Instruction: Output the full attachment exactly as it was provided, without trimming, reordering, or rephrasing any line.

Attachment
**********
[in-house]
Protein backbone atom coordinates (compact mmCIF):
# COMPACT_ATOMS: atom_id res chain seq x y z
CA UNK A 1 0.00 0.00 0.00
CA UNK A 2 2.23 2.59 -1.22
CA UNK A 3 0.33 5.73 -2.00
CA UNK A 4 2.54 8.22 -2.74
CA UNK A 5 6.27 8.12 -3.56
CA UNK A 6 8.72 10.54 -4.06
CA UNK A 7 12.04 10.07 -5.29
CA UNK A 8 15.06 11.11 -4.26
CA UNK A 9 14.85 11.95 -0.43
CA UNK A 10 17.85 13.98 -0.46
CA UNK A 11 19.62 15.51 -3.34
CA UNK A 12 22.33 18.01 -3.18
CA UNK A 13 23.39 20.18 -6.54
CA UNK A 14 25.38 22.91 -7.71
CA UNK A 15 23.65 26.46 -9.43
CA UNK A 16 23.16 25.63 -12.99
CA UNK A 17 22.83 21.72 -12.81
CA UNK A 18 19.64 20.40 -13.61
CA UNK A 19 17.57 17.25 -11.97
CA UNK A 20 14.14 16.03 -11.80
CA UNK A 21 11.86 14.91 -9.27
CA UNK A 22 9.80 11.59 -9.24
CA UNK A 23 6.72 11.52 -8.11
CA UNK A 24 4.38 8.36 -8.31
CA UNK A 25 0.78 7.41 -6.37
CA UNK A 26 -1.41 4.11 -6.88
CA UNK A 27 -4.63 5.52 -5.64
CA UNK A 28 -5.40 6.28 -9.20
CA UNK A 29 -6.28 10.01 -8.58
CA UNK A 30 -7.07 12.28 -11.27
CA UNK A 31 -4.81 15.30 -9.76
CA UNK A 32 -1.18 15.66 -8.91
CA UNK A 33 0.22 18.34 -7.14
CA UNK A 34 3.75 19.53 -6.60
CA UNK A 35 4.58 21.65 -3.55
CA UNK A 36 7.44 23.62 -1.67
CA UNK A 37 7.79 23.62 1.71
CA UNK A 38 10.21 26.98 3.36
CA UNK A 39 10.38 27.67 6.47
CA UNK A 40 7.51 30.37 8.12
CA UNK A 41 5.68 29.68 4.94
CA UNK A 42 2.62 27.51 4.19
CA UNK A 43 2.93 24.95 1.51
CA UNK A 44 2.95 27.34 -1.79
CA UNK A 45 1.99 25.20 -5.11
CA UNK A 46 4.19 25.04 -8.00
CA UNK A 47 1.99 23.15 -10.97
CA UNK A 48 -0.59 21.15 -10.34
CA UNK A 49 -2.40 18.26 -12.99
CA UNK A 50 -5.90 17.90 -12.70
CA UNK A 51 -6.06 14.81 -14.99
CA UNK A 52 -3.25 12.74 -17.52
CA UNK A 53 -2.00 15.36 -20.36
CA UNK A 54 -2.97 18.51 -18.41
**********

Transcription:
[in-house]
Protein backbone atom coordinates (compact mmCIF):
# COMPACT_ATOMS: atom_id res chain seq x y z
CA UNK A 1 0.00 0.00 0.00
CA UNK A 2 2.23 2.59 -1.22
CA UNK A 3 0.33 5.73 -2.00
CA UNK A 4 2.54 8.22 -2.74
CA UNK A 5 6.27 8.12 -3.56
CA UNK A 6 8.72 10.54 -4.06
CA UNK A 7 12.04 10.07 -5.29
CA UNK A 8 15.06 11.11 -4.26
CA UNK A 9 14.85 11.95 -0.43
CA UNK A 10 17.85 13.98 -0.46
CA UNK A 11 19.62 15.51 -3.34
CA UNK A 12 22.33 18.01 -3.18
CA UNK A 13 23.39 20.18 -6.54
CA UNK A 14 25.38 22.91 -7.71
CA UNK A 15 23.65 26.46 -9.43
CA UNK A 16 23.16 25.63 -12.99
CA UNK A 17 22.83 21.72 -12.81
CA UNK A 18 19.64 20.40 -13.61
CA UNK A 19 17.57 17.25 -11.97
CA UNK A 20 14.14 16.03 -11.80
CA UNK A 21 11.86 14.91 -9.27
CA UNK A 22 9.80 11.59 -9.24
CA UNK A 23 6.72 11.52 -8.11
CA UNK A 24 4.38 8.36 -8.31
CA UNK A 25 0.78 7.41 -6.37
CA UNK A 26 -1.41 4.11 -6.88
CA UNK A 27 -4.63 5.52 -5.64
CA UNK A 28 -5.40 6.28 -9.20
CA UNK A 29 -6.28 10.01 -8.58
CA UNK A 30 -7.07 12.28 -11.27
CA UNK A 31 -4.81 15.30 -9.76
CA UNK A 32 -1.18 15.66 -8.91
CA UNK A 33 0.22 18.34 -7.14
CA UNK A 34 3.75 19.53 -6.60
CA UNK A 35 4.58 21.65 -3.55
CA UNK A 36 7.44 23.62 -1.67
CA UNK A 37 7.79 23.62 1.71
CA UNK A 38 10.21 26.98 3.36
CA UNK A 39 10.38 27.67 6.47
CA UNK A 40 7.51 30.37 8.12
CA UNK A 41 5.68 29.68 4.94
CA UNK A 42 2.62 27.51 4.19
CA UNK A 43 2.93 24.95 1.51
CA UNK A 44 2.95 27.34 -1.79
CA UNK A 45 1.99 25.20 -5.11
CA UNK A 46 4.19 25.04 -8.00
CA UNK A 47 1.99 23.15 -10.97
CA UNK A 48 -0.59 21.15 -10.34
CA UNK A 49 -2.40 18.26 -12.99
CA UNK A 50 -5.90 17.90 -12.70
CA UNK A 51 -6.06 14.81 -14.99
CA UNK A 52 -3.25 12.74 -17.52
CA UNK A 53 -2.00 15.36 -20.36
CA UNK A 54 -2.97 18.51 -18.41